The C-Word is a Critical Characteristic of Effective Managers



Much has been written about preferred skills for managers. We always talk in mundane terms for the need of managers to convey a vision, achieve goals and to foster growth and well-being for a work-life balance.

At the least, authoritarian behavior is considered to be passé. So there’s an emphasis on mentoring, teaching, coaching and delegation.

One key is an aptitude and promotion of collaboration. These are helpful in earning respect and inspiring talent to perform.

Another priority is finance and risk management – pursuing opportunities and reducing risks.

Even after being promoted to management, continuous learning is important to stay relevant. That includes every skill from performance appraisals in evaluating talent to planning.

Strong managers are knowledgeable about the big picture – issues facing their companies and industries.

They must be fully cognizant of their organizations’ missions, visions and goals – not only for short-term success but to develop long lasting relationships with the brands’ customers.

C-word

But one quality that’s seldom mentioned is the C-word: Courage.

According to an academic study, there are four salient types of workplace courage:

  1. Standing up to authority.
  2. Uncovering mistakes.
  3. Protecting those in need.
  4. Taking a stance on an unclear problem.

Courage is not necessarily a personality trait. It’s a learned behavior, according to study co-author David Hekman, an assistant professor of management at Colorado University-Boulder.

Entitled “An Inductively-Generated Typology and Process Model of Workplace Courage,” the study’s co-authors included Pauline Schilpzand, assistant professor of management in the College of Business at Oregon State University and Terence Mitchell, professor of management at the University of Washington’s Foster School of Business.

Responsibility to act?

The study reveals workers who are courageous first ask themselves if they’re responsible to act and will assess the costs to themselves. Despite the costs, courageous people will act.

“Also, courage is very social,” Hekman said Professor Hekman. “You compare yourself with the people around you and ask, ‘Do I identify with the victim, or am I more powerful than the other people?'”

The most-common type of courage: Standing up to authority (67 percent). But 34 percent of the respondents said they had to cope with repercussions.

“Managers might better grasp the significance of our findings by thinking of courageous workplace behaviors as a type of organizational immune response that identifies and corrects power abuses, errors, ambiguity and needs before they metastasize and threaten the system as a whole,” said Professor Mitchell.

A person who shows courage has taken the first step toward leadership.

From the Coach’s Corner, here are related management tips:

Management — 5 Frequent Causes of Cost Overruns and Failures – Extensive research shows how and why corporate projects result in cost overruns and failures. The academic study is entitled, ‘Yes Men’ Are Killing Corporate Projects. The research reported rampant misreporting of project statuses at all levels of the companies. The errant information is prompted from cultural predispositions to career aspirations.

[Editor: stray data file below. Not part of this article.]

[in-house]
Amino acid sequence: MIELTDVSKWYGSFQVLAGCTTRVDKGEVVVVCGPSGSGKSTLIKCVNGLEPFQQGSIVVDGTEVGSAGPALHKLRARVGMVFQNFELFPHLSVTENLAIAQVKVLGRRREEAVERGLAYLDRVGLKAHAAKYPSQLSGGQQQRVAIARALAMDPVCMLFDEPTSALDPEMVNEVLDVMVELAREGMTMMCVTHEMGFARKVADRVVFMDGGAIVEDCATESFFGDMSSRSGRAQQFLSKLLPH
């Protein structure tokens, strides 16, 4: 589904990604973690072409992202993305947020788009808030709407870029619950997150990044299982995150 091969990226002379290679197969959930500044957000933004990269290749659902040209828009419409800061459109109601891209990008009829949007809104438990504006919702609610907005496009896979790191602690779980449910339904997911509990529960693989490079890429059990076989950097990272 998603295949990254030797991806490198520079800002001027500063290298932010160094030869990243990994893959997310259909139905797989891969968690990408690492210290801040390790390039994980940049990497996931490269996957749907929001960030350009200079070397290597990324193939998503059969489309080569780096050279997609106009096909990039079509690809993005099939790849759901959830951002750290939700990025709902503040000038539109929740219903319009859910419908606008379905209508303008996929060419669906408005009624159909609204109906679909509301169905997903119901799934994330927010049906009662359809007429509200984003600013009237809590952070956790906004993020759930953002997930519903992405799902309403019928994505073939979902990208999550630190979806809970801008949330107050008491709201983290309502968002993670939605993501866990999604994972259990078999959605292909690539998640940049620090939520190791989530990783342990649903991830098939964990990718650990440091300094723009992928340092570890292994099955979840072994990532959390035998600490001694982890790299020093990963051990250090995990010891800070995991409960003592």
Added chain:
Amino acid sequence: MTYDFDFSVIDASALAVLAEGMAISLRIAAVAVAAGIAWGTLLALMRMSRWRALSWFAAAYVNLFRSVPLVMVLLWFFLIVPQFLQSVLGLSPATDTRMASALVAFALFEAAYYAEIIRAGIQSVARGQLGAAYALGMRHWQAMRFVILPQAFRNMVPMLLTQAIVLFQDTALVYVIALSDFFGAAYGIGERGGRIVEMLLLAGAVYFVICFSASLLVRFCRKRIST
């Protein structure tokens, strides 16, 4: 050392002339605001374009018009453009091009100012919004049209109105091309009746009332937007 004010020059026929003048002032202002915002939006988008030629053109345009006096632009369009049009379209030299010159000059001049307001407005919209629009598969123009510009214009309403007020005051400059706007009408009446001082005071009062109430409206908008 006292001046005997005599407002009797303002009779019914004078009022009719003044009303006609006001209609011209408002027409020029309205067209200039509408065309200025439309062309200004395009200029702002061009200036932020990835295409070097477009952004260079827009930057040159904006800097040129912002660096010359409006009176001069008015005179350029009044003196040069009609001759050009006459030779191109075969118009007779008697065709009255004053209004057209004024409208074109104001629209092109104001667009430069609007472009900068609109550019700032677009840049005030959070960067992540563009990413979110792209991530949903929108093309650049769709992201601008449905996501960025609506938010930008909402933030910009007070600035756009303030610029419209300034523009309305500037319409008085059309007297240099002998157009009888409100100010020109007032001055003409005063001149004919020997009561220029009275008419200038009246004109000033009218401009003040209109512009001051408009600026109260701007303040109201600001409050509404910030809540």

Management — 4 Mindsets for Leadership in Performance Reviews – Are you nervous at the thought of giving employee-performance reviews? You’re not alone. Your employees aren’t exactly thrilled, either. Typically, employees aren’t convinced they can get valid feedback. If they’ve experienced poor managers, they likely dread the performance-review process or are skeptical of the outcome.

Risk Management – Making Best Decisions, Using Right Tactics – To prevent a crisis from interfering with the continuity of your business, you must strategically plan to manage any potential risks. That means avoiding the classic mistakes routinely made by companies, and making the right decisions for proactive measures to minimize any dangers.  But how can you best manage risk?

HR Management – 8 Best Practices in Employee Delegation – Avoid frustration in delegation. Save yourself time and develop your staff for the welfare of your organization. Delegation is a fundamental driver of organizational growth. Managers who are effective in delegation show leadership. They know they’ll be more effective in management and that they’ll develop their employees.

13 Management Tips to Solve Employee Absenteeism – Absenteeism causes migraines for a lot of bosses. Obviously, your company will make healthier profits, if you don’t have an absenteeism problem. Check your attendance records. You’ll see Monday is the most-abused day of the week and January is the worst month for absenteeism. For good reason, employers often cringe because they distrust the reasons some employees call in sick.

“Management is all about managing in the short term, while developing the plans for the long term.”

-Jack Welch


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Author Terry Corbell has written innumerable online business-enhancement articles, and is a business-performance consultant and profit professional. Click here to see his management services. For a complimentary chat about your business situation or to schedule him as a speaker, consultant or author, please contact Terry. 






Seattle business consultant Terry Corbell provides high-performance management services and strategies.